After facing the first three shots, you feel good. Your movements are strong, you are square to the shooter, your recoveries are perfectly in line with where you want to go, and your strategy in-tight is consistent. It’s not always pretty, but it works for you.
In between repetitions, you can see out of the corner of your eye someone in a track suit and goalie skates gliding your way.
“Hey – yo…”
“Not again,” you think to yourself.
Does any of this sound familiar?
I’m sure it does.
While the following scenario is set during goalie tryouts, it can easily be applied to the first few practices of a new season with a team’s goalie coach, or during a training session with a local goalie coach who your minor hockey association has brought in to help coach its goalies that you may not have had the chance to work with. It’s a common struggle for parents and goaltender’s to manage all of the information and messages coming their way.
It’s important for you to understand that you are not alone. It happens more than you think.
Here’s a personal example I’d like to share. Two weeks ago, I was conducting a private training session with a 14-year old AA goaltender. We had done a lot of work together over the years, but only during the season. This past summer, he attended a goalie camp for the first time and it was out of town. I started to notice that he picked up a new technique during butterfly recovery saves. I simply asked, “is this what you’re most comfortable with?”
His answer, simply – “yes”.
Was it wrong? No.
Was it something that I may not have taught myself? Yes.
Did it work for the goalie? Yes.
That’s all that matters at the end of the day.
Goalie coaches are responsible for teaching goaltenders a variety of skills, or “tools,” and helping them understand when and why to use each one.
Many goaltenders and parents will feel confused at some point about the mixed messages coming their way.
Inevitably, you will hear, “but my other goalie coach said to do this…”
As a goalie coach, the last thing you want to do is to force a goaltender to doing something that they are just not comfortable doing. It’s up to us to accept the fact that there are other techniques out there and that one (or more) may work better for that goalie in particular.
As goaltenders get older and experience playing at higher levels of hockey, there is a significant number who will attend training sessions with different goalie schools or private instructors. Now, there are some coaches who may not like that because they feel that some of the work that they’ve been developing will become undone. The advice that’s helped me along the way is having open, two-way conversation with parents, goalies, and their other goalie coaches.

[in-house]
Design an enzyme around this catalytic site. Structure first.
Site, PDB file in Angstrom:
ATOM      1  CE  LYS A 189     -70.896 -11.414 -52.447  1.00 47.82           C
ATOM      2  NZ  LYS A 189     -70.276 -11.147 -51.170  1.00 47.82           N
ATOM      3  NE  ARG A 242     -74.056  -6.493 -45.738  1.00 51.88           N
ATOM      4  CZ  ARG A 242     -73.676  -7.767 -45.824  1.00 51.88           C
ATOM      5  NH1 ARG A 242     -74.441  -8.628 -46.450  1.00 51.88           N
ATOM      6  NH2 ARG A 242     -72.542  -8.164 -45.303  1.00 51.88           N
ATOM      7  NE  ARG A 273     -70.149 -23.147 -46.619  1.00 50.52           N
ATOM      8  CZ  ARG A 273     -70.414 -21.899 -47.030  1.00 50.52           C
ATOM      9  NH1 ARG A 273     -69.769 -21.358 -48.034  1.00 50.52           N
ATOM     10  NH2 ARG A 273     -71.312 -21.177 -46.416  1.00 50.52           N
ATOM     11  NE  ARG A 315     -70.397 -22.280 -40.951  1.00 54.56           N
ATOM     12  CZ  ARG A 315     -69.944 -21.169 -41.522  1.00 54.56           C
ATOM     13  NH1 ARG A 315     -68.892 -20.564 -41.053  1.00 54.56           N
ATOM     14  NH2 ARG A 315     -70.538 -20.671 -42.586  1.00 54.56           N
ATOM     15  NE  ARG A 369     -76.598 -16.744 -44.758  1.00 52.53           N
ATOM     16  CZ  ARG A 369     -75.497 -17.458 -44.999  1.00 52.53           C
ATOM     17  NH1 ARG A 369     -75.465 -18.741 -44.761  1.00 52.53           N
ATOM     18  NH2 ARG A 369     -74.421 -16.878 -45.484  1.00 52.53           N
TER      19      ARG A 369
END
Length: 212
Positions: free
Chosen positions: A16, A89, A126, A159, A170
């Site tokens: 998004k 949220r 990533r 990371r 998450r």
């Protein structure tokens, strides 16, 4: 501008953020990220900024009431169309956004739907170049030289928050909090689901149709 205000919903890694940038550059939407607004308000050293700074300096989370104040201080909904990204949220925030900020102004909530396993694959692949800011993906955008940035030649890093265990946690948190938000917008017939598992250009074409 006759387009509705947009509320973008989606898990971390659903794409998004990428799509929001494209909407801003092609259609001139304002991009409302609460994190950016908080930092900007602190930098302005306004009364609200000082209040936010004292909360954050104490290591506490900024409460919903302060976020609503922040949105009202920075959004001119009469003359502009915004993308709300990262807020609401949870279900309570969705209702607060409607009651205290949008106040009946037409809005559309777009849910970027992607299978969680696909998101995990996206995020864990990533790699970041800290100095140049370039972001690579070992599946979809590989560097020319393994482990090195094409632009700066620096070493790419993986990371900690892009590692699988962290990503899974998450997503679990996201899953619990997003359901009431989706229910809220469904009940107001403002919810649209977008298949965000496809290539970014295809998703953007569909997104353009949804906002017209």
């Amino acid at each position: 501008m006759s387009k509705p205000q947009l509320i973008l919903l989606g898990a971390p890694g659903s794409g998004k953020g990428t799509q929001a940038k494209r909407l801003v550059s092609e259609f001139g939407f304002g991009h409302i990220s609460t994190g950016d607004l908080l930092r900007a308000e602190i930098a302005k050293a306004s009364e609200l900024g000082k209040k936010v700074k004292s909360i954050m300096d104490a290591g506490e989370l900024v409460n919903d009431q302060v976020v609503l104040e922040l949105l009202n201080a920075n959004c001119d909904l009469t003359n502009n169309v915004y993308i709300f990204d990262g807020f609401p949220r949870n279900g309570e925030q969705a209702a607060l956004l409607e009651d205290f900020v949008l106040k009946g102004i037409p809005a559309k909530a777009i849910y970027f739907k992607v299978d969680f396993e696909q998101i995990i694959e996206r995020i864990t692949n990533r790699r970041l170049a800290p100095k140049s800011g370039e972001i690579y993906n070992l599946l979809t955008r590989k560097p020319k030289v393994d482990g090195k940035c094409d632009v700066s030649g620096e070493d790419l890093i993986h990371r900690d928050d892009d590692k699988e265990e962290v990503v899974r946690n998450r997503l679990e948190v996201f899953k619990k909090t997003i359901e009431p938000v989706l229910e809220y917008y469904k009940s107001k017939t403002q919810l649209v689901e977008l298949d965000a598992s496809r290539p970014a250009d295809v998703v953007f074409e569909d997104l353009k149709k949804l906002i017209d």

At the end of the day, I would encourage all goalies to branch out and learn from as many resources possible.
The recipe for success is split equally four ways:
– It is the goalie’s responsibility to ask the right questions, understand what is being taught to them (and, most importantly, why) and to take something from each goalie coach that they come across and make it their own.
– It is up to the parents to make sure that their goaltender is enjoying goalie training and they are learning something each time they step on the ice. If a goalie shows signs of confusion and they’re not old enough to communicate their issue, please do not hesitate to do it on their behalf. There is absolutely no sense in a goaltender trying to force something to happen that they know deep inside just isn’t right for them.
– At the earliest signs of confusion, goalie coaches should find out what the goalie is thinking about. Often times, once a goaltender becomes confused about what to do, their movements become slower and they start to telegraph their execution. They’re thinking too much. Maybe ask them, “what works best for you?”
Depending on that answer, develop a plan to help the goaltender execute that particular movement or save selection consistently to the best of their ability. Then, find out what they have been taught from others and, if needed, contact those coaches and talk things through. I have been absolutely amazed by how open dialogue helps sort out these issues relatively quickly.
Similarly, there may be times when a new coach sees something the goalie has picked up over the summer just isn’t working for them – maybe it is making them slower, causing more goals, or forcing them to use more energy than needed. After giving it some time, this can be a great time to try and get that goaltender to at least try it your way by simply saying, “let’s try something new.” The goalie should also be asking themselves “does this make sense for *me*?”
If so, go ahead. If not, ask questions.
Coach’s love kids who listen and who are coachable. We all know that. But, sometimes, coaches need to listen to the kids.
We’re fortunate to learn a thing or two from them, too.
~ Elias Rassi is currently an instructor and consultant with Complete Goaltending Development. For over 10 years, Eli has been afforded the opportunity to work with goaltenders in the AHL, ECHL, CHL, OHL, QMJHL, Canadian university, American collegiate hockey, and professional leagues in Europe. CGD offers group, semi-private and private training programs for goaltenders at all levels in Ottawa at its training facility in the heart of the city’s West end. For more information, please visit www.chdcentre.com or www.cgdgoalies.com.